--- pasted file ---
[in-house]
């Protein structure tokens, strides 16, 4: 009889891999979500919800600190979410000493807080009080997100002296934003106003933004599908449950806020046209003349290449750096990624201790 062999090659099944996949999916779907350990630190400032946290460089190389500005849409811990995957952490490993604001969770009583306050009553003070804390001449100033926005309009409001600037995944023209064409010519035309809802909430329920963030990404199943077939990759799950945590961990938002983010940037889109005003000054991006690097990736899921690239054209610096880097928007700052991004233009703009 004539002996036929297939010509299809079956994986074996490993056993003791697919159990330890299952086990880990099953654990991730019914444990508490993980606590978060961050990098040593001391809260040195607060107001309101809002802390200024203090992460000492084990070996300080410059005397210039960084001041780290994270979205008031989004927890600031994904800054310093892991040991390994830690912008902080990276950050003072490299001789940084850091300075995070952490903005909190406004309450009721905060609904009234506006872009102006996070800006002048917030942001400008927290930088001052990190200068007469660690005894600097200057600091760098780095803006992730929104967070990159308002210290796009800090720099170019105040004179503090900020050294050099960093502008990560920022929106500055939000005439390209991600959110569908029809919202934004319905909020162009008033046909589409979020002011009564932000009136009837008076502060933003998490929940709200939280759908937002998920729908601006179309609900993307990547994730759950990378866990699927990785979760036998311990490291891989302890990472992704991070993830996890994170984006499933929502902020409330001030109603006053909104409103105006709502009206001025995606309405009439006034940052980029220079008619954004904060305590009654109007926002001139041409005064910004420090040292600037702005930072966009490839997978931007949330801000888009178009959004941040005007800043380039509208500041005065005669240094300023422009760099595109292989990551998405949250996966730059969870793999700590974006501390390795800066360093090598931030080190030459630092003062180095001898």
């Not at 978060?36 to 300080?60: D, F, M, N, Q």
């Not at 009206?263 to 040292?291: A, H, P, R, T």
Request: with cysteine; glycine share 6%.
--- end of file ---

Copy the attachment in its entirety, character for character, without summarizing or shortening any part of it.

[in-house]
């Protein structure tokens, strides 16, 4: 009889891999979500919800600190979410000493807080009080997100002296934003106003933004599908449950806020046209003349290449750096990624201790 062999090659099944996949999916779907350990630190400032946290460089190389500005849409811990995957952490490993604001969770009583306050009553003070804390001449100033926005309009409001600037995944023209064409010519035309809802909430329920963030990404199943077939990759799950945590961990938002983010940037889109005003000054991006690097990736899921690239054209610096880097928007700052991004233009703009 004539002996036929297939010509299809079956994986074996490993056993003791697919159990330890299952086990880990099953654990991730019914444990508490993980606590978060961050990098040593001391809260040195607060107001309101809002802390200024203090992460000492084990070996300080410059005397210039960084001041780290994270979205008031989004927890600031994904800054310093892991040991390994830690912008902080990276950050003072490299001789940084850091300075995070952490903005909190406004309450009721905060609904009234506006872009102006996070800006002048917030942001400008927290930088001052990190200068007469660690005894600097200057600091760098780095803006992730929104967070990159308002210290796009800090720099170019105040004179503090900020050294050099960093502008990560920022929106500055939000005439390209991600959110569908029809919202934004319905909020162009008033046909589409979020002011009564932000009136009837008076502060933003998490929940709200939280759908937002998920729908601006179309609900993307990547994730759950990378866990699927990785979760036998311990490291891989302890990472992704991070993830996890994170984006499933929502902020409330001030109603006053909104409103105006709502009206001025995606309405009439006034940052980029220079008619954004904060305590009654109007926002001139041409005064910004420090040292600037702005930072966009490839997978931007949330801000888009178009959004941040005007800043380039509208500041005065005669240094300023422009760099595109292989990551998405949250996966730059969870793999700590974006501390390795800066360093090598931030080190030459630092003062180095001898």
């Not at 978060?36 to 300080?60: D, F, M, N, Q």
């Not at 009206?263 to 040292?291: A, H, P, R, T």
Request: with cysteine; glycine share 6%.